NXP QorIQ LayerScape LX2160A is a 16-core Arm Cortex A72 Communication Processor with 100 Gbit/s Ethernet

Orange Pi Development Boards

NXP Semiconductors has been working  on a high-end communication processor with their QorIQ LayerScape LX2160A SoC equipped with 16 Arm Cortex A72 cores, 16 Ethernet ports supporting 1 to 100 Gbit/s, as well as 24 PCIe Gen4 lanes, and four SATA 3.0 ports.

Click to Enlarge

NXP LX2160A key specifications / features:

  • Processor – 16x Arm Cortex-A72 CPU cores, running up to 2.2GHz with 8MB L2 cache, 8MB platform cache
  • Memory I/F – 2 x DDR4 72b including ECC, up to 3200 MT/s,
    maximum capacity of 256 GB
  • Storage – 4 x SATA3.0
  • Ethernet
    • Up to 16 Ethernet ports
    • Supported Ethernet speeds include 1, 2.5, 10, 25, 40, 50, and 100 gigabits per second
    • 130Gbps Layer 2 Ethernet switch
  • PCIe – Up to 24 PCIe Gen4 lanes, supporting ports as wide as x8
  • 24 SerDes lanes, operating up to 28GHz
  • Acceleration Engines – 50Gbps security accelerator, 100Gbps data compression/decompression engine
  • Security – Secure boot and Arm TrustZone technology
  • Peripherals – SD, eMMC, 2 x DUART, 6 x I2C, 2 x USB3.0, 2 x CAN
    (FD optional)
  • Package – 40×40 mm, 1517 pins
  • Process – 16nm FinFET
  • TDP – 30 Watts

LX2160A will be supported in the Linux  SDK for QorIQ processors, and be compatible with CodeWarrior Development Software for ARMv8 64-bit based QorIQ Series Processors.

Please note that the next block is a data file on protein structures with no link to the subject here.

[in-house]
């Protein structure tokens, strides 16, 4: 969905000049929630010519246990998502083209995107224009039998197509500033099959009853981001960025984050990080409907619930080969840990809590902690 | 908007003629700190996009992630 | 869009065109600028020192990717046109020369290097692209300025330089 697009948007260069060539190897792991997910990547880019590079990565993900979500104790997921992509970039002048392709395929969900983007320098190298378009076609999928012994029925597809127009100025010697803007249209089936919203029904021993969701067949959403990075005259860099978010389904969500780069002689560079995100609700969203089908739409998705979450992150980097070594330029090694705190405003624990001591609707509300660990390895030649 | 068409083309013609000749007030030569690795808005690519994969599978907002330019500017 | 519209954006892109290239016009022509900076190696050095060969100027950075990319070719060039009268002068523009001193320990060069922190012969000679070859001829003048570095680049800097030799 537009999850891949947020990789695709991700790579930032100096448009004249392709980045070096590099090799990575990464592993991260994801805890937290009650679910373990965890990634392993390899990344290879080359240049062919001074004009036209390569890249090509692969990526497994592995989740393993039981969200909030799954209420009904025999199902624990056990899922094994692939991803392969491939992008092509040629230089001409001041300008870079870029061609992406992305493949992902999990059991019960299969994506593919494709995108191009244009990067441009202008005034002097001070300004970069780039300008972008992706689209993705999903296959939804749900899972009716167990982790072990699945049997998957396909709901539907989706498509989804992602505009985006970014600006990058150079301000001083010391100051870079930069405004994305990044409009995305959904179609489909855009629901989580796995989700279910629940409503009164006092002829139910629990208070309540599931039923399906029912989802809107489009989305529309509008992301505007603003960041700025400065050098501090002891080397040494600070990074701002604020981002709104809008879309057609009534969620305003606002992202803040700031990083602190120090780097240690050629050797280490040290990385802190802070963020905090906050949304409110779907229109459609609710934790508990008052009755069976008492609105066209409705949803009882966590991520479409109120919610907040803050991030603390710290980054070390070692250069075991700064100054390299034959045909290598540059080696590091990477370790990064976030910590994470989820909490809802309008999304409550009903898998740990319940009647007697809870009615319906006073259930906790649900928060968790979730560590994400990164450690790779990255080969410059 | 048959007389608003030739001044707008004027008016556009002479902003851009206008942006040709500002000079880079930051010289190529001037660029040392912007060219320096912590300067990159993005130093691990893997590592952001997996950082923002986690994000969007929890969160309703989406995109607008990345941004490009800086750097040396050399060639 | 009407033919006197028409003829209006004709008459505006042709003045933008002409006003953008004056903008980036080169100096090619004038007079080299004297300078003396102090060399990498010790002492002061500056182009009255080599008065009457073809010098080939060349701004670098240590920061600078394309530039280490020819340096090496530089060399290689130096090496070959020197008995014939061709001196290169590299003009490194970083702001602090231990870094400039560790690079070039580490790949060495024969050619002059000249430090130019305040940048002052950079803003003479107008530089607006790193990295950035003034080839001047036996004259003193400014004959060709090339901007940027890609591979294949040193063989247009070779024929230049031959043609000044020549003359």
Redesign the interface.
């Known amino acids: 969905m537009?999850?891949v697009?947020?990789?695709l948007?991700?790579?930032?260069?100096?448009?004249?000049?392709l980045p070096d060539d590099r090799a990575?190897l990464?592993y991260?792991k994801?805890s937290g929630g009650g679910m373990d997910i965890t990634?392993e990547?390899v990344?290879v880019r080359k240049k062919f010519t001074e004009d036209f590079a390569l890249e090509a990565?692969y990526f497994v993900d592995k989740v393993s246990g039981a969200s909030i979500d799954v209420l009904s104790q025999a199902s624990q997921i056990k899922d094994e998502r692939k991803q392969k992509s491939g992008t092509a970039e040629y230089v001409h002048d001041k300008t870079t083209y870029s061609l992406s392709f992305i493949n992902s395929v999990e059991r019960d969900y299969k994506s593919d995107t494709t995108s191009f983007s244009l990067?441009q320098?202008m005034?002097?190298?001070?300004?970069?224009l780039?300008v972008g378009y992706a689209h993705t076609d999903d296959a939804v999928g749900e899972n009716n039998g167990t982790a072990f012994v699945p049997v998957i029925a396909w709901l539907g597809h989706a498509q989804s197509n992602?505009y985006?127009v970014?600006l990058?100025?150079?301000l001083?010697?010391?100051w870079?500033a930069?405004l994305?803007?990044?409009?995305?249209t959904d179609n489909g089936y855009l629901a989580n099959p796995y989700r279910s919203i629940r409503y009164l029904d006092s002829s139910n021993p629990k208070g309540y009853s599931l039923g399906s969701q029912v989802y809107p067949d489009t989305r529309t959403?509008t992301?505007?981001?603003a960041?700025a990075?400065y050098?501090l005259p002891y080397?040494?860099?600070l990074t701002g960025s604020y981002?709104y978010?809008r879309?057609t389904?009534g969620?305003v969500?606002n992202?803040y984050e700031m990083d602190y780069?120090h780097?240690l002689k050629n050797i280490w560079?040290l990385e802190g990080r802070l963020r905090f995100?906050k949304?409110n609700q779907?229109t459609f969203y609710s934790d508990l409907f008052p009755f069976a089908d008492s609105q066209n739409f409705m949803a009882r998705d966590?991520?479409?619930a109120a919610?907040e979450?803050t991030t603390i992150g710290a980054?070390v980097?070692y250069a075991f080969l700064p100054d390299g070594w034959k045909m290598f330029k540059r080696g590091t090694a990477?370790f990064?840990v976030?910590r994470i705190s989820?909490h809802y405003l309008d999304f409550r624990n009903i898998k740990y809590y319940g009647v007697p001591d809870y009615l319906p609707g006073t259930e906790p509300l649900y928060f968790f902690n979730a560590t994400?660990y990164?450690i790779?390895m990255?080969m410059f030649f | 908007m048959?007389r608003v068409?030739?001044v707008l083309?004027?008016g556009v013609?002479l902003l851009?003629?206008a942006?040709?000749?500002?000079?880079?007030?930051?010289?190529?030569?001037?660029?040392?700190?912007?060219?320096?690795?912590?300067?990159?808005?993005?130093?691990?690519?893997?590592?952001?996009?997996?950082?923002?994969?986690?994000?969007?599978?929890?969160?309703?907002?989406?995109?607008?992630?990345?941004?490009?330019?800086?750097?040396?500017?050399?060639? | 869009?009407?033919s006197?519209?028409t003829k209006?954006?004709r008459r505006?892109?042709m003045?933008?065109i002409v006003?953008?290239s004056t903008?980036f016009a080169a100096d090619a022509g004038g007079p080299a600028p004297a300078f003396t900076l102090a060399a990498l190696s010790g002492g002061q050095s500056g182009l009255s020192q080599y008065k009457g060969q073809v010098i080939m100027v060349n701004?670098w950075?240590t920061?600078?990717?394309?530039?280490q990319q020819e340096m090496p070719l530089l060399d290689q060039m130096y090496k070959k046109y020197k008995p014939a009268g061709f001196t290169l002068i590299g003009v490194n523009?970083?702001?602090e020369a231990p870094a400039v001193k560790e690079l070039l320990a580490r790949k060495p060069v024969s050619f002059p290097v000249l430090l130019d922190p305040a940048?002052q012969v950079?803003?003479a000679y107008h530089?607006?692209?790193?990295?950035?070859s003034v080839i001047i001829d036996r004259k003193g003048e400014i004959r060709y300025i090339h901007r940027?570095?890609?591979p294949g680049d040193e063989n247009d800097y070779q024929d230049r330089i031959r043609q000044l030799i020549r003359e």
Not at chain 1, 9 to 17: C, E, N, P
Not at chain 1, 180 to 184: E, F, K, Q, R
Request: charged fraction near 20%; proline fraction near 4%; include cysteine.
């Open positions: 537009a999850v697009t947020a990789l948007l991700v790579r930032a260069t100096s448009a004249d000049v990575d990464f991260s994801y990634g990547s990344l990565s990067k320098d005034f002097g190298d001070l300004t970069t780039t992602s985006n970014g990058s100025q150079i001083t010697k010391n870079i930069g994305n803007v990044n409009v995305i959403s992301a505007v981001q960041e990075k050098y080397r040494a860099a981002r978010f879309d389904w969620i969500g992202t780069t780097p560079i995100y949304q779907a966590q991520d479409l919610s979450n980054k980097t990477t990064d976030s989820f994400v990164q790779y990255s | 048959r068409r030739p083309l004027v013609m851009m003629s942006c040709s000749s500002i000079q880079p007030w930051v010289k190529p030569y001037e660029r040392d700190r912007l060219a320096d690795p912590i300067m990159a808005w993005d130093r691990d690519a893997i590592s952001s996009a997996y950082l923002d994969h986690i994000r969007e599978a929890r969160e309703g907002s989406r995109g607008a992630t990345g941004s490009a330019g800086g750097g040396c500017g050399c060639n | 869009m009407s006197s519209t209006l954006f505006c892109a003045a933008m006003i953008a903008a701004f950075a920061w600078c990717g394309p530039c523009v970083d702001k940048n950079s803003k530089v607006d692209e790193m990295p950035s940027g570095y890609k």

NXP will also provide versions with 12 cores (LX2120A) and 8 cores (LX2080A). None of those will be found in your home router / NAS, with typical applications including network function virtualization (NFV), white box switching (e.g. control plane for L2 switches in TOR and EOR applications), enterprise storage controller, and 5G packet processing.

Sampling was planned in Q1 2018, and mass product is expected sometimes in 2019. Pricing is not available yet, but the Linley Group expects LX2160A processor to sell for about $350 per unit for 1k orders. Visit the product page for a few more details.

7
Leave a Reply

avatar
2 Comment threads
5 Thread replies
0 Followers
 
Most reacted comment
Hottest comment thread
5 Comment authors
Ali UzelwillybluTLSwillmore Recent comment authors
  Subscribe  
newest oldest most voted
Notify of
willmore
Guest
willmore

I like the way they combined the PCI-E and Ethernet controllers behind generic SerDes blocks. I’ve seen that done in FPGAs, but I don’t have any experience with seeing it in an application processor like this. Does anyone know if this is a common thing?

Nice looking chip.

TLS
Guest
TLS

It is, if you work with Freescale/NXP or Marvell.

blu
Guest
blu

Indeed, Marvell ARMADA series does the same, only there the serdes lanes are fewer.

BTW, really curious to see the TDP of that SoC.

willy
Guest
willy

A 40x40mm chip is large enough to receive a huge heatsink and fan 🙂 I’d bet something in the 35W range. But it looks very appealing for network applications! I’d like to try a board with it!

blu
Guest
blu

35W was a good guess — I’ve missed the TDP listed at the bottom of the specs, and that reads 30W : )

What is more interesting is that this must be the first 16nm (TSMC) part by Freescale, to my knowledge.

blu
Guest
blu

BTW, another curious fact is that just like Marvell ARMADA’s 8K series, cores come in dual-core clusters, and scaled-down versions disable either clusters or halve cluster configs.

Ali Uzel
Guest
Ali Uzel

Does anyone know what the working temperature range of LX2160A is? Thx.